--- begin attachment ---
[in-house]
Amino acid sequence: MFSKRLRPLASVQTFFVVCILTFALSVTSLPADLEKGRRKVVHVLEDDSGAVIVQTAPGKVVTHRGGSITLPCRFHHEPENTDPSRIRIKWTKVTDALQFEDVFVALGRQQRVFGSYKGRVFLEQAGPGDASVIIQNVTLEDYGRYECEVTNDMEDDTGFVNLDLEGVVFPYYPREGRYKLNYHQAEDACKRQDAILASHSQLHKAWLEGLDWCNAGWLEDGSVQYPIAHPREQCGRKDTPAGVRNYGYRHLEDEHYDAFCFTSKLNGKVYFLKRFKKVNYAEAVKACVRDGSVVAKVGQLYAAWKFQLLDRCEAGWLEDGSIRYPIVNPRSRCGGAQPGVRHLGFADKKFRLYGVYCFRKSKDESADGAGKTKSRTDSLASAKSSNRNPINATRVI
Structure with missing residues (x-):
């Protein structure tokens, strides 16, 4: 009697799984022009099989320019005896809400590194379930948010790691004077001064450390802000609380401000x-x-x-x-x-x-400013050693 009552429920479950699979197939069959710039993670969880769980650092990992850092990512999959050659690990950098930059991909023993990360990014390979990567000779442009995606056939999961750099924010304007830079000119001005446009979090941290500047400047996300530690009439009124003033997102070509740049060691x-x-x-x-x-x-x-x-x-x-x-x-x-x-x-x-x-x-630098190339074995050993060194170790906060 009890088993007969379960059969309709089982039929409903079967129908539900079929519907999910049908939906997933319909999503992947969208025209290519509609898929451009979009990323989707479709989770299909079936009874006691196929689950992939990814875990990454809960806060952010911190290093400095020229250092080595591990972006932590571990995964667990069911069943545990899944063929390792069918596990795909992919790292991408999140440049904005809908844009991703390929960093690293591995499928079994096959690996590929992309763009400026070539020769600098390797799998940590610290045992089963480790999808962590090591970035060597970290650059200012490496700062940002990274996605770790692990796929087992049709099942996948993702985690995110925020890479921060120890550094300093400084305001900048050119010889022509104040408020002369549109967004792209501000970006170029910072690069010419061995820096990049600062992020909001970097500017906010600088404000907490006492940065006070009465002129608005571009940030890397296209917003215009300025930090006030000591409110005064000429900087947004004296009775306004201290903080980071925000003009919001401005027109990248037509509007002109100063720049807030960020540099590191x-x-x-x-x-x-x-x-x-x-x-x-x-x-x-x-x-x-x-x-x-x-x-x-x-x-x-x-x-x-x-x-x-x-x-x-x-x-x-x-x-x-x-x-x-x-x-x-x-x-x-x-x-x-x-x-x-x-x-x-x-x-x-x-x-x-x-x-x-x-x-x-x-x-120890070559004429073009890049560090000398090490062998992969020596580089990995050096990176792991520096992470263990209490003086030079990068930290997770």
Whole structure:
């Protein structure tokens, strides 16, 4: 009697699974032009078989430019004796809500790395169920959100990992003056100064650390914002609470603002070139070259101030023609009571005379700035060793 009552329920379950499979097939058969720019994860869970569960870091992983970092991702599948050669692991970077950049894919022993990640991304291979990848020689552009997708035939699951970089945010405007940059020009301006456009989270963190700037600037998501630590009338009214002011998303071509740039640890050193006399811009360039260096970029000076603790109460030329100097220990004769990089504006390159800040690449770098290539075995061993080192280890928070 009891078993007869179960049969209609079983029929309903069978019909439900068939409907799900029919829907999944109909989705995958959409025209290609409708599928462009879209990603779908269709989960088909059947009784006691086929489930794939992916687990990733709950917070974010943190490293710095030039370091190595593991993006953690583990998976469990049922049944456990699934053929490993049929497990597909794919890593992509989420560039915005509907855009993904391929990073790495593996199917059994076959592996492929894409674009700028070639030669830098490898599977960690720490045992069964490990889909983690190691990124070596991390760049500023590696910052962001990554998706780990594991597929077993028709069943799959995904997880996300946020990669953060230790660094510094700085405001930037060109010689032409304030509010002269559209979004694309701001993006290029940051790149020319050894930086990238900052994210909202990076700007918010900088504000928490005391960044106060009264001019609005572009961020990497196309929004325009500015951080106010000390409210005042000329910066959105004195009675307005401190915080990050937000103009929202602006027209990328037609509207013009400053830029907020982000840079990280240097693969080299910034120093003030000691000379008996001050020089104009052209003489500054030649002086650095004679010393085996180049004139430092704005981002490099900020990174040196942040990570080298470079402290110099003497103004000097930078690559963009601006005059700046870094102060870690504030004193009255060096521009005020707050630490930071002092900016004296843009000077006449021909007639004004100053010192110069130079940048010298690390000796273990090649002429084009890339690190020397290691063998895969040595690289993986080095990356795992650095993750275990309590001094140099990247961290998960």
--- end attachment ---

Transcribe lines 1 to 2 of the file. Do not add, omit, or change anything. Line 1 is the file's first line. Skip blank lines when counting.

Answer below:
[in-house]
Amino acid sequence: MFSKRLRPLASVQTFFVVCILTFALSVTSLPADLEKGRRKVVHVLEDDSGAVIVQTAPGKVVTHRGGSITLPCRFHHEPENTDPSRIRIKWTKVTDALQFEDVFVALGRQQRVFGSYKGRVFLEQAGPGDASVIIQNVTLEDYGRYECEVTNDMEDDTGFVNLDLEGVVFPYYPREGRYKLNYHQAEDACKRQDAILASHSQLHKAWLEGLDWCNAGWLEDGSVQYPIAHPREQCGRKDTPAGVRNYGYRHLEDEHYDAFCFTSKLNGKVYFLKRFKKVNYAEAVKACVRDGSVVAKVGQLYAAWKFQLLDRCEAGWLEDGSIRYPIVNPRSRCGGAQPGVRHLGFADKKFRLYGVYCFRKSKDESADGAGKTKSRTDSLASAKSSNRNPINATRVI